Tuesday, 24 November 2020

Whether you are distributor, wholesaler, retailer or manufacturer, you are potentially exposed to product liability. Product liability in any sector often involves high stakes and the claim can be costly especially to small businesses. The losses are not just the cost of product recalls, but also other costs such as fines, compensation and damage to reputations.

To protect yourself against these claims, you need product liability insurance.

This insurance policy protects you against claims or suits for bodily injury or property damage suffered by third-party arising from the consumption or use of a defective or malfunction product, whether it is made, supplied or sold by your company. Covered damages also include design defects, improper instructions, manufacturing errors, and associated legal fees.

Why do businesses need product liability insurance?

If you make, supply or sell product to customers, it is important that you are insured against defective product injury. Many things can lead to a problem with your product which may cause harmful injury. Under the Consumer Protection Act, an injured party have a right to file a lawsuit and seek compensation for the injury caused.

What is a defective product?

A defective product is an item that is not suitable for its intended purpose. Such defects can be due to the absence of warning labels, instructions and inaccurate product information or ingredients. Defects render a product that is typically safe dangerous to use.

Types of Products Liability

  • Design Defect
    A product can be manufactured correctly, but if there is a flaw in the way the product is designed which makes it dangerous for consumer use, it is known as design defect. A design defect generally affects the entire product line, rather just one particular item. 
  • Manufacturing Defect
    A manufacturing defect is caused by manufacturing or production flaws when manufacturers fail to follow a product’s intended design. This can cause unsafe defects in the product. A manufacturing defect can affect one item or an entire batch in the product line.
  • Marketing Defect
    In the event that you fail to provide adequate instructions and warnings or improper labels on proper use of your product, your company can be sued. For e.g. products that are not properly labelled with directions of use, or have insufficient explanatory warnings to reduce consumer risks such as possible side effects while using them.

Tips for reducing product liability risks

Firstly, having the right insurance to mitigate your business from costly losses is a good start. Ensuring your product is safe from risks is no easy feat and definitely a daunting task. Here are some guidelines you might want to consider incorporating into your product’s life cycle.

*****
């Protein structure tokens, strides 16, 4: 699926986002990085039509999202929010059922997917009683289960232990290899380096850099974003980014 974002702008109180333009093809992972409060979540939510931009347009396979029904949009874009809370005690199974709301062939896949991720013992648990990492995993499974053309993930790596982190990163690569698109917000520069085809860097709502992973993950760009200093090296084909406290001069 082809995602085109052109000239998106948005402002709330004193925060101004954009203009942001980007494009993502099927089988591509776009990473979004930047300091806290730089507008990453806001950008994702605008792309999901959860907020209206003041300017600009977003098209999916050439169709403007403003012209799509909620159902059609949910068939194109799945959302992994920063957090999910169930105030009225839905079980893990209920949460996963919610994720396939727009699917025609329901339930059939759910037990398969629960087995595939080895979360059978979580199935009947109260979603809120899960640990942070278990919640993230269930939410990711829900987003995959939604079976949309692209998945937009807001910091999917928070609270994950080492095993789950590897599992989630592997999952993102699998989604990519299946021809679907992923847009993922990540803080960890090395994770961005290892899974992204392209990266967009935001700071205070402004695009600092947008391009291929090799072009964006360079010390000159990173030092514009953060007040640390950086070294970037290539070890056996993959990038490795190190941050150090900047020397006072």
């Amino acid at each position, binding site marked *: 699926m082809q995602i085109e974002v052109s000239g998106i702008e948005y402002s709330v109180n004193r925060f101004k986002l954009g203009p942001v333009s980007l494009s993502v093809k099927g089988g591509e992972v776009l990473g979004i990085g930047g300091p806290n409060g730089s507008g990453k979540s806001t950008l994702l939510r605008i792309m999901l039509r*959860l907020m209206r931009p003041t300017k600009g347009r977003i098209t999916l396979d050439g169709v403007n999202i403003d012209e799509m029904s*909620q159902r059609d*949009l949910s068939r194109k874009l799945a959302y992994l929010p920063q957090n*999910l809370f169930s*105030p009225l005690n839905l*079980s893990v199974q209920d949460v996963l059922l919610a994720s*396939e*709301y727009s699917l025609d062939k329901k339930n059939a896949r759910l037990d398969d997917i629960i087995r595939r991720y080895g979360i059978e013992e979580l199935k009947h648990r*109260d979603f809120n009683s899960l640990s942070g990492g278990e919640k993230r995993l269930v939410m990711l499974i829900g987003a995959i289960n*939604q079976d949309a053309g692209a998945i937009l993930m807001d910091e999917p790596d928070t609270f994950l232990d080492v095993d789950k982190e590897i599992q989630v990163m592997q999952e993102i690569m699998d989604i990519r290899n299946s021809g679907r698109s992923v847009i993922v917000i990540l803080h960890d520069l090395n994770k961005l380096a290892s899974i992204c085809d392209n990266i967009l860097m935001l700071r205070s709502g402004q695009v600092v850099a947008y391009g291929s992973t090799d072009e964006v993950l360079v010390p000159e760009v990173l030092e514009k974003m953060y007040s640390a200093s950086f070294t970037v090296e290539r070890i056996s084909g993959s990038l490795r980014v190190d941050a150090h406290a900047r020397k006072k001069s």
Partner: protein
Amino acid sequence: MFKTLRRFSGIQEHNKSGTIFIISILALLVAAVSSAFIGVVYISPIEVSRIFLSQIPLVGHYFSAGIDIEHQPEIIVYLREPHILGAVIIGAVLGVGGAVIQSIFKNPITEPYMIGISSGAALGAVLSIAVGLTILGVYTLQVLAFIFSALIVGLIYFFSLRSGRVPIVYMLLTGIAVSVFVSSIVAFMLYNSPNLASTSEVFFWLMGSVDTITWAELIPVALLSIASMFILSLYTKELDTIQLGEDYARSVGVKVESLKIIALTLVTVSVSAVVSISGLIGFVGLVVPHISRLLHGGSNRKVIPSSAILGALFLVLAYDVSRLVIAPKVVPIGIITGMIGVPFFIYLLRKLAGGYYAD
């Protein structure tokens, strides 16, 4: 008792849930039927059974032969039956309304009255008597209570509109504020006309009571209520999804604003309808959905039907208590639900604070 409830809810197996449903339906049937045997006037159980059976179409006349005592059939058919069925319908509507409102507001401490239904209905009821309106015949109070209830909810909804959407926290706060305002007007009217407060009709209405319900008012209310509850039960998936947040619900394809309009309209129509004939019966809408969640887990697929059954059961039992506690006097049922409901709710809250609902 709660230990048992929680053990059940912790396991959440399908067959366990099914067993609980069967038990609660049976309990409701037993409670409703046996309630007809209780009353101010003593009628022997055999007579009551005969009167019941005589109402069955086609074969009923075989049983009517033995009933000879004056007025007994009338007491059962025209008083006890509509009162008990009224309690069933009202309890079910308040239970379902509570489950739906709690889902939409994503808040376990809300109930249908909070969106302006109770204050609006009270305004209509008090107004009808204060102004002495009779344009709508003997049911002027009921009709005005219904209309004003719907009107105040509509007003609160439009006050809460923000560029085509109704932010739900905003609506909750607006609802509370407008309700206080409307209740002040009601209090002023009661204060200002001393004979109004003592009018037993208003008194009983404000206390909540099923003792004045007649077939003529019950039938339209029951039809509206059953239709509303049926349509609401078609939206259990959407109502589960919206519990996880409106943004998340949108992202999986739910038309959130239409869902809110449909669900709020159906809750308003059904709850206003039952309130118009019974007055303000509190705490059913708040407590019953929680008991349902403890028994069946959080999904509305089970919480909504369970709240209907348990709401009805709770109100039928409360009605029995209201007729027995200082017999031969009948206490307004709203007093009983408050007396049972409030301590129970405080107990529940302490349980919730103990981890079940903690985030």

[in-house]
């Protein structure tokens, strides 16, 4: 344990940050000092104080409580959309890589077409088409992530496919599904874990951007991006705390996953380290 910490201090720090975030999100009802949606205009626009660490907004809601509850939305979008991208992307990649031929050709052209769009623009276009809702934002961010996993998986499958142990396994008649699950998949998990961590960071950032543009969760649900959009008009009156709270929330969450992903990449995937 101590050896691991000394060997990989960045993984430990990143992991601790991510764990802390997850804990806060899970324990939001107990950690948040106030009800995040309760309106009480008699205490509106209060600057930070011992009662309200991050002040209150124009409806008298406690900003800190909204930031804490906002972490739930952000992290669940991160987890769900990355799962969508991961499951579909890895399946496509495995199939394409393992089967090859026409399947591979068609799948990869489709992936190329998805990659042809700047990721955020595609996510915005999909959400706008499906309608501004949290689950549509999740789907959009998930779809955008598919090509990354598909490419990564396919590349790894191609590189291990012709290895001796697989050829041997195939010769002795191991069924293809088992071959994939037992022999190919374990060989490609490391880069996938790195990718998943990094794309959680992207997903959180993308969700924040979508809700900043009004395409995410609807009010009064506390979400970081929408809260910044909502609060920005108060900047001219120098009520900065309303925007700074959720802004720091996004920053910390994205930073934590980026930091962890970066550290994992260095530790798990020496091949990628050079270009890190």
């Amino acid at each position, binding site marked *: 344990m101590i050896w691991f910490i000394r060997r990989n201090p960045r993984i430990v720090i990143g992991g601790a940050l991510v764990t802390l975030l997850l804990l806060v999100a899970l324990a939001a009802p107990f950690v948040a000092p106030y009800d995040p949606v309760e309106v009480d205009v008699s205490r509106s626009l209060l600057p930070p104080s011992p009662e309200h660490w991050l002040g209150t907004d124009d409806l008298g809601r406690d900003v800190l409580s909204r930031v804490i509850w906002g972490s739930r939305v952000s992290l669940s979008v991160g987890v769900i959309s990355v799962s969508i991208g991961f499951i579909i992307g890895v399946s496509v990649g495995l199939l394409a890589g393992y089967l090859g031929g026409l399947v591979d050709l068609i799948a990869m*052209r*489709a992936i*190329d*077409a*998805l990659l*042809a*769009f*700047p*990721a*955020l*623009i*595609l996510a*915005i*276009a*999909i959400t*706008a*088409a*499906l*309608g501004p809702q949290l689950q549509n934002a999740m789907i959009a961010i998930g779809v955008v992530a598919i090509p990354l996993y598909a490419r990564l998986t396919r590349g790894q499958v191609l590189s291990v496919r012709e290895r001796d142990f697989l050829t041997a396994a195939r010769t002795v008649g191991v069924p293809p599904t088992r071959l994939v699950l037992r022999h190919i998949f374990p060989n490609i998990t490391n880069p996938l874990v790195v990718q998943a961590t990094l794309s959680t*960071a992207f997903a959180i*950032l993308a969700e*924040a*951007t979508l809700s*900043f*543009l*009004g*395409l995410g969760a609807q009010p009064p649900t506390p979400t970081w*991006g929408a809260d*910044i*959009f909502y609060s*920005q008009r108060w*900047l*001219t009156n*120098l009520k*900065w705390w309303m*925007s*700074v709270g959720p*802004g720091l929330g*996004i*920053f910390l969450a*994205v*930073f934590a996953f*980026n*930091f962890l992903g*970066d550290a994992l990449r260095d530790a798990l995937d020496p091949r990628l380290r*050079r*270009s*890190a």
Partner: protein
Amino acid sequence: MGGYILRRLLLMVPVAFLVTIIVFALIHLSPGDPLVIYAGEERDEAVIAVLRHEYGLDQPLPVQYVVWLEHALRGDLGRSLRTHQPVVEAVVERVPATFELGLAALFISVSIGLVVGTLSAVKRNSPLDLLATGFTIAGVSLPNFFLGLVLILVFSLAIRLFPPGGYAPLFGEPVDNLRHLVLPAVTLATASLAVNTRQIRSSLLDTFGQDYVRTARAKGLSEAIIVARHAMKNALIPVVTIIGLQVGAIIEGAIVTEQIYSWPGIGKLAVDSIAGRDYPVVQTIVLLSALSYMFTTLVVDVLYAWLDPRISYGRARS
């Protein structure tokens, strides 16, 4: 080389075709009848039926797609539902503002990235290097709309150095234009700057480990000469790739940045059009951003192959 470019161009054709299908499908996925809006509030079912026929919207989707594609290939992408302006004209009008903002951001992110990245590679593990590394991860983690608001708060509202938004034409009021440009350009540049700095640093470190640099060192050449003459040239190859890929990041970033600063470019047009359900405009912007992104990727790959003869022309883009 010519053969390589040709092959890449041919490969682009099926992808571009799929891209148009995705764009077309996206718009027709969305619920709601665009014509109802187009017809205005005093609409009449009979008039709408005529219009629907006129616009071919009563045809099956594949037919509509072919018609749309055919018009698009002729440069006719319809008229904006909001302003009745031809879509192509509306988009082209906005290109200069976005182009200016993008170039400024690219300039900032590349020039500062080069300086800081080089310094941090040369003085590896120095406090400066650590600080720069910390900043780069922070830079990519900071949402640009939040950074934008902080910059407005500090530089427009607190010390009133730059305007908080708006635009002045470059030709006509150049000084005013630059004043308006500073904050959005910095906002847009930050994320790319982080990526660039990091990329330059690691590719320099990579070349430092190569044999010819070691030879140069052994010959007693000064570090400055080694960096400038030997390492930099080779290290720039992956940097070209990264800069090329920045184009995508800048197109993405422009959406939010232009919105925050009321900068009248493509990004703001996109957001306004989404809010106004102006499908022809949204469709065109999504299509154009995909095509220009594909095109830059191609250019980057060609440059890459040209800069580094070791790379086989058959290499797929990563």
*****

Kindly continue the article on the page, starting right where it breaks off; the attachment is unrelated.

1. Perform an honest risk assessment of your products
    Verify your testing methods are sound before releasing your products to the public. Take pro-active steps to reduce risks or eliminate them completely. Products should also comply with industry and government safety standards.
  2. Build Safety into Design
    A safety review should be taken into account when designing products such as:-
    a. Prominent warning and instruction labels on how the product should be used and the kind of hazards that may result.

    b. Be detailed and accurate with the information. For e.g. failure to disclose nuts in a food product could be slapped with a lawsuit if a consumer has an allergic reaction.

  3. Use materials from good and reliable sources with credible reputations
    It is possible that some damages occur not at the manufacturing process but as a result of using faulty and unreliable materials in the products. Always opt for materials with the best quality, not just because they are the cheapest.
  4. Enable Customer feedback
    The voice of the Customer plays a relevant role in today’s competitive markets. Manufacturer and distributor should take into account feedbacks from Customers as it can help in both product improvement and measuring customer satisfaction.

Tips to reduce premium costs

  1. Review your safety compliance measures
    Product design, manufacturing processes, usage instructions and warning labels should be reviewed on a regular basis. This can lower the number of safety-related claims. Less claims equal to less premium.
  2. Compare quotes
    Since the product liability insurance pricing varied, small business owners should work with a broker to have prices from multiple insurance companies.

When buying product liability insurance, consider how much is needed; what markets are covered; the strength and reputation of provider; and what coverage is included.

For more information on business insurance and the options for your business, go to our products pages at www.ibizcover.com.

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By: ibizcover.com

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